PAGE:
PINEDALE – Pinedale’s long winters are tough for indoor track athletes. The outdoor track, sandpit, runway and throwing range are typically buried under snow and ice until March.
“The only place we get to practice here is in the hallways,” said senior Isabella Romasko. “We do hurdles on the carpeting.”
Preparing for field events like the triple jump involve getting creative. Rubber mats substitute for runways and thicker mats used during the outdoor season for the high jump act as alternative sandpits.
“The mat is useful to make sure we get up on our last hop, but it’s not the same as practicing on a natural runway and a pit,” said Romasko.
The only time Romasko and her teammates have access to proper track facilities is at competitions, yet public health restrictions significantly reduced the number of meets this year.
“It was rough,” said Romasko. “We only had three meets the whole season. It was different from last year when we had a meet every weekend. There wasn’t time to improve consistently over the season. At State, all the girls that (placed) ahead of me were from the other side of the state that I hadn’t competed against the entire season.”
Before travel restrictions were imposed, the 2020 indoor track team participated in the Simplot Games hosted by the University of Idaho and the Olympic Oval Meet in Salt Lake City, organized by the Utah High School Track Coaches Association. Large, interstate meets provided a higher level of competition. This winter, the Olympic Oval went ahead as scheduled, but organizers required athletes to wear masks while running and canceled jumping and throwing events, Romasko said.
Romasko made the best of the situation and took second place in the triple jump at the 2021 Wyoming Indoor Track and Field Championships. The senior cleared 36 feet, 2 inches, handily beating the third-place finish from Laramie by 9 inches to receive her second All-State honors in indoor track.
In 2020, Romasko placed second in the 55-meter hurdles to make the All-State list the first time and took third in the triple jump at 35-08 1/4. This year, Romasko flip-flopped her events, coming in third place in the 55-meter hurdles. The senior also finished fifth in the 55-meter dash.
Romasko said her primary focus is jumping.
“I like the challenge of jumping,” she said. “I’m more concerned about triple jump because that’s what I’m going to college for. I enjoy doing hurdles, and I’m decent at them. The 55-meter dash is my release event because I don’t have to jump over anything. I just have to run and not worry as much.”
In 2019, Romasko won the 3A Outdoor Track State Championship in the triple jump and placed second in the 100-meter hurdles to earn All-State honors. Officials marked her triple jump at 35-11. During indoor track this year, Romasko beat her personal record at the qualifying meet in Casper, measuring in at 36-05, 6 inches shy of the school record.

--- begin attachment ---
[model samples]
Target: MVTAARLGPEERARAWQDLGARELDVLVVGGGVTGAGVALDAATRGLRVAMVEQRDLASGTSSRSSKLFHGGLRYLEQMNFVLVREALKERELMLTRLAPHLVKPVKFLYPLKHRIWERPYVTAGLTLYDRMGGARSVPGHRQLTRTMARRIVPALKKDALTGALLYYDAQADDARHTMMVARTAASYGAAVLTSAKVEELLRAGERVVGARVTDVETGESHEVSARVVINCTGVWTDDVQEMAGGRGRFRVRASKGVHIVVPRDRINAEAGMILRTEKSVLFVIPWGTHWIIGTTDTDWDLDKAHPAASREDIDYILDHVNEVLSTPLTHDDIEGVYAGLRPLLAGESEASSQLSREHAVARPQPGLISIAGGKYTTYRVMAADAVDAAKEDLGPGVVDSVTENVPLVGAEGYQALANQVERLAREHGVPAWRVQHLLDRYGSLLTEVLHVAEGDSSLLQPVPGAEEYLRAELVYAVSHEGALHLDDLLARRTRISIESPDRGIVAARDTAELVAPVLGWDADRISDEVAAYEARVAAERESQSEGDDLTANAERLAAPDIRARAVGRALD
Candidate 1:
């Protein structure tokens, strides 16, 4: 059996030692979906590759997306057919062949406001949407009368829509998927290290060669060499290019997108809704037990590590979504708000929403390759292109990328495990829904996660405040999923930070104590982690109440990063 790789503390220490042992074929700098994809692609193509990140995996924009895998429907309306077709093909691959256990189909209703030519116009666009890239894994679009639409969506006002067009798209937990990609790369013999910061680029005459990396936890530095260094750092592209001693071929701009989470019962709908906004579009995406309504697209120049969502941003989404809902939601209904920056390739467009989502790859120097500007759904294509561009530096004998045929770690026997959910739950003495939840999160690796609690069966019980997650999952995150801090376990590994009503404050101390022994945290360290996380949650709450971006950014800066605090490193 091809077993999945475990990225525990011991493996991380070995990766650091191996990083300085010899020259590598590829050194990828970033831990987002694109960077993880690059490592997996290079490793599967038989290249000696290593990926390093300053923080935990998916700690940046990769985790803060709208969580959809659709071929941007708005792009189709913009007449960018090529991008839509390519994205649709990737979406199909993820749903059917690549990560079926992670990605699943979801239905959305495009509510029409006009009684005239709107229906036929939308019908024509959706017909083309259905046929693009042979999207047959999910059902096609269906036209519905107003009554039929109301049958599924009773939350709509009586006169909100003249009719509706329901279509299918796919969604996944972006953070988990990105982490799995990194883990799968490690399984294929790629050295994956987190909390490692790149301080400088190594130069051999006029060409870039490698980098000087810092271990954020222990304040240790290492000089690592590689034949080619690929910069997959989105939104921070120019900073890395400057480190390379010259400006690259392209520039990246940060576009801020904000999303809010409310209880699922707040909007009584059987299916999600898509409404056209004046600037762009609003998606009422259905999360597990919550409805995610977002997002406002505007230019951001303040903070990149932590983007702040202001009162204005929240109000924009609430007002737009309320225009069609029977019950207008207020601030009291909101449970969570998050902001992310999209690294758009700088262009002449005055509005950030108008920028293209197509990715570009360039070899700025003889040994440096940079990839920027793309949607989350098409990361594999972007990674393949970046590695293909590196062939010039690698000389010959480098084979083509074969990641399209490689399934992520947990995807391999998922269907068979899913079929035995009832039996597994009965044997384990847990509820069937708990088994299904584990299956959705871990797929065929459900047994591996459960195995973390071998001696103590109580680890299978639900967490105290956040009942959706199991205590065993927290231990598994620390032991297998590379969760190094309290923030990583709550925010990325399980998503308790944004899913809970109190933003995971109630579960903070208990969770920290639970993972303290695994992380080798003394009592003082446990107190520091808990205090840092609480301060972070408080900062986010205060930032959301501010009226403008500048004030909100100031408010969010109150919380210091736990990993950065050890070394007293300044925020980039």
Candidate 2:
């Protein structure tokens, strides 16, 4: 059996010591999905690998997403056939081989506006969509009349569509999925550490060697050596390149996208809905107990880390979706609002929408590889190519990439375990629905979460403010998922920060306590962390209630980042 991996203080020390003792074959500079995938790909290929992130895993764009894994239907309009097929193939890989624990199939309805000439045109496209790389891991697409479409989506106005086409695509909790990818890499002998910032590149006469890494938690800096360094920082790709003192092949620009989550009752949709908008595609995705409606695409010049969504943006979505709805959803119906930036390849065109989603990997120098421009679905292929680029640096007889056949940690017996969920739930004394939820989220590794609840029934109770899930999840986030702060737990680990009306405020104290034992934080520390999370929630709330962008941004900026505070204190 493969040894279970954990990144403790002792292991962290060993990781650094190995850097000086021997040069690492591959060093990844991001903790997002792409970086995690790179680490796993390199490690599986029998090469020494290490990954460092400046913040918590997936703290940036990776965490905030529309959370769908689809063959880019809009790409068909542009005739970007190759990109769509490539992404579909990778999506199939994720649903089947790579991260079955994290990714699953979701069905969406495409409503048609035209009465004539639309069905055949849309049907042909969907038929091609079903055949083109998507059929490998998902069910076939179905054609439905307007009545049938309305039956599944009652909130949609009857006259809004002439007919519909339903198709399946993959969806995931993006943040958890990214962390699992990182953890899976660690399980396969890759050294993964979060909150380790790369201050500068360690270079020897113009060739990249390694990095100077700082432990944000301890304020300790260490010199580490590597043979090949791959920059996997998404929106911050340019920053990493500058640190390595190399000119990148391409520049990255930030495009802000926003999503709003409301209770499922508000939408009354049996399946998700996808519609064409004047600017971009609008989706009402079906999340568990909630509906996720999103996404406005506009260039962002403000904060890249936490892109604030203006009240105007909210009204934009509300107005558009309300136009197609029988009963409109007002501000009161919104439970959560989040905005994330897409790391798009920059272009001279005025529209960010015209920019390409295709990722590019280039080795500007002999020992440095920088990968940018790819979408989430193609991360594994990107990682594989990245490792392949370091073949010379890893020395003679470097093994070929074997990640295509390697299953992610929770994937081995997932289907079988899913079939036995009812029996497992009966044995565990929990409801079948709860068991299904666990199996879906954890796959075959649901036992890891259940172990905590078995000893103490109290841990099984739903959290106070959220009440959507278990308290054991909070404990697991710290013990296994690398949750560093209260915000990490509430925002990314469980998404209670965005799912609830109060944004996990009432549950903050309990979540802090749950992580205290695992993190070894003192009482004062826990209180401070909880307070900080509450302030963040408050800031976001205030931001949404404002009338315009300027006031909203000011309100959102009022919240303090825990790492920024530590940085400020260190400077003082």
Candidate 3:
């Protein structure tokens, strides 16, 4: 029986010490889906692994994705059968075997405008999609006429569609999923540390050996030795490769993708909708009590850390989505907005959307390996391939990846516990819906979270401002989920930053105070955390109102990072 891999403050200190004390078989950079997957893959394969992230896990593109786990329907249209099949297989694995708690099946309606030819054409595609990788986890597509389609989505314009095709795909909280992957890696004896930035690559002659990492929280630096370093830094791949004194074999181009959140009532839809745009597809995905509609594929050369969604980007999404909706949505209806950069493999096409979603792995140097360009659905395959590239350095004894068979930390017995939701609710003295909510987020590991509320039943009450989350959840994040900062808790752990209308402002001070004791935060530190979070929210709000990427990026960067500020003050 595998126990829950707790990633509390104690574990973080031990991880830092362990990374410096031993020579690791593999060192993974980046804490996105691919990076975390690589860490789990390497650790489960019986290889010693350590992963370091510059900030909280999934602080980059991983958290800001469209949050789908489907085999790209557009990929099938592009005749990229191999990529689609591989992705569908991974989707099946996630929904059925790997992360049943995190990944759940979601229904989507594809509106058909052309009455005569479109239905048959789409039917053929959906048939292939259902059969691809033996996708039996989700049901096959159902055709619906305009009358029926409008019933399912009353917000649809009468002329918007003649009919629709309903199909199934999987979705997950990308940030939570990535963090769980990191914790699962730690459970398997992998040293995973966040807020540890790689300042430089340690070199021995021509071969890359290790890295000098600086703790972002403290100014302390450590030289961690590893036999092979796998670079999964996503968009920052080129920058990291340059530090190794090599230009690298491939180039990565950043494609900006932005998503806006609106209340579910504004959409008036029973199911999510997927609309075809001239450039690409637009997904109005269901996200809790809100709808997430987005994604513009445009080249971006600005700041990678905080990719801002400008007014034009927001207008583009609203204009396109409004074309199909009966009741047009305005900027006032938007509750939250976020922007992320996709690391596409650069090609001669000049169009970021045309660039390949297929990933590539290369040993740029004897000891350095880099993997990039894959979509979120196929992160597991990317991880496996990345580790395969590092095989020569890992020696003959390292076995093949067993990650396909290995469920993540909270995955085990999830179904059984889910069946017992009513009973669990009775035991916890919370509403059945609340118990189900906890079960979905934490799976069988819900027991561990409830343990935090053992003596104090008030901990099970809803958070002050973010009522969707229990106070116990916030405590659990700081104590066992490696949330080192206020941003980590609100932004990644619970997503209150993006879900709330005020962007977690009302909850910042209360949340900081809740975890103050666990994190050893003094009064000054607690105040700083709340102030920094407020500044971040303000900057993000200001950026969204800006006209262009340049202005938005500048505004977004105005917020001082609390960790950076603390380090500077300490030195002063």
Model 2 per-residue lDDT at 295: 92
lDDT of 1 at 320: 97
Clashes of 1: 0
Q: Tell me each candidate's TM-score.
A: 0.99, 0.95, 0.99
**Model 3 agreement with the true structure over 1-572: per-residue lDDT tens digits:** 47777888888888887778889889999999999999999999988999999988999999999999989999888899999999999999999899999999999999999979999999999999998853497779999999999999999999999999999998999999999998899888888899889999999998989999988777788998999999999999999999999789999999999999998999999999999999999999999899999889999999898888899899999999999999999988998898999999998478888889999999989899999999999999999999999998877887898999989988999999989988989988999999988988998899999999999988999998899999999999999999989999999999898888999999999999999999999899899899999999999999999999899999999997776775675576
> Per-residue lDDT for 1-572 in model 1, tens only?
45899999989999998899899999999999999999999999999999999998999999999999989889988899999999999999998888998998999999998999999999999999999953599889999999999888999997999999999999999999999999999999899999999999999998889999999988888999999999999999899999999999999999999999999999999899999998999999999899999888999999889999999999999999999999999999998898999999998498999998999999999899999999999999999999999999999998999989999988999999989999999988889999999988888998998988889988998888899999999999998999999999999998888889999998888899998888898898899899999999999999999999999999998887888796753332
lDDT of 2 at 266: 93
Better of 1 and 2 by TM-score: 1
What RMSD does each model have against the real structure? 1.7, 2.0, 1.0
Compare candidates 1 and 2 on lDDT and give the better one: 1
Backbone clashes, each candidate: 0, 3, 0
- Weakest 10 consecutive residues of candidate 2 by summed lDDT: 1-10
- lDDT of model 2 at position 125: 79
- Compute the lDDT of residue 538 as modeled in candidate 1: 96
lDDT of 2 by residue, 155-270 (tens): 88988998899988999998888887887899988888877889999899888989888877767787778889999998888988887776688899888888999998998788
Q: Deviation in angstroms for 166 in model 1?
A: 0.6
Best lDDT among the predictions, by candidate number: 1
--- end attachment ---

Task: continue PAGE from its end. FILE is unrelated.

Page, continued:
Officials canceled the outdoor track season last year, and Romasko is excited to practice this spring on a real runway and pit and is hungry for competition to begin.
Setting her sights on breaking the school record, Romasko knows that as she gets closer to that goal, she will have to fight for every inch. Romasko said she is up for the challenge.
Making the jump
Unafraid to try new sports, Romasko joined the Sublette County combined swim team her junior year and tried out diving. One year later, Romasko won the State Championship in the event and picked up her fourth All-State honor.
The skills needed to succeed in diving translate to training for the triple jump.
“You have to press off a board (in both sports),” said Romasko. “The hard dives I do take a lot more power than the easier dives, so I worked on my leg strength for jumping.”
Diving and a shortage of starting boards at the Casper meet gave Romasko the confidence to start her triple jump with a 36-foot board for the first time.
“I was the only one at State that went off a 36-foot board,” she said. “At Casper, I wasn’t jumping very well, and they only had a 30-foot board, and I said, ‘I’m just going to go off a 36 board for finals.’ Fear is a great motivator – quoted from (coach Larry) Proud. That was a big mark for me.”
Romasko’s athletic career started in gymnastics. The synchronization and precision required for gymnastics also carried over to jumping events.
“You have to be very coordinated in the triple jump to get the hop, bound and jump all in one smooth motion,” Romasko said. “You have a metaphorical box that you’re not supposed to step out of, because that would send your whole jump off balance. You don’t want to lean over your box, or have your knee bending out of it.”
Another key to mastering the triple jump involves regulating speed.
“You have to control your run so that you’re running consistently down the runway so you don’t scratch or go over the board,” Romasko said. “You can’t have too much speed or you will get out of control when you’re doing your jump.”
Romasko enjoys the camaraderie that forms between athletes from different schools in sports like indoor track and swimming.
“You’re all just supportive of each other, really,” she said. “That’s the nice thing about indoor track. You’re on a team, but the competition is individual, so you can be friends with people on other teams without really coming at them.
In addition to participating in sports all year, Romasko works at the Pinedale Aquatic Center and is enrolled in grueling college preparation coursework. Romasko plans to continue her triple-jump career in college and combine her math and science talents to pursue a career in nuclear engineering.
Romasko thanked coach Proud, her teammates and parents for pushing her to succeed throughout the indoor track season.
“Even though they couldn’t be at the meets, my parents were my biggest supporters.”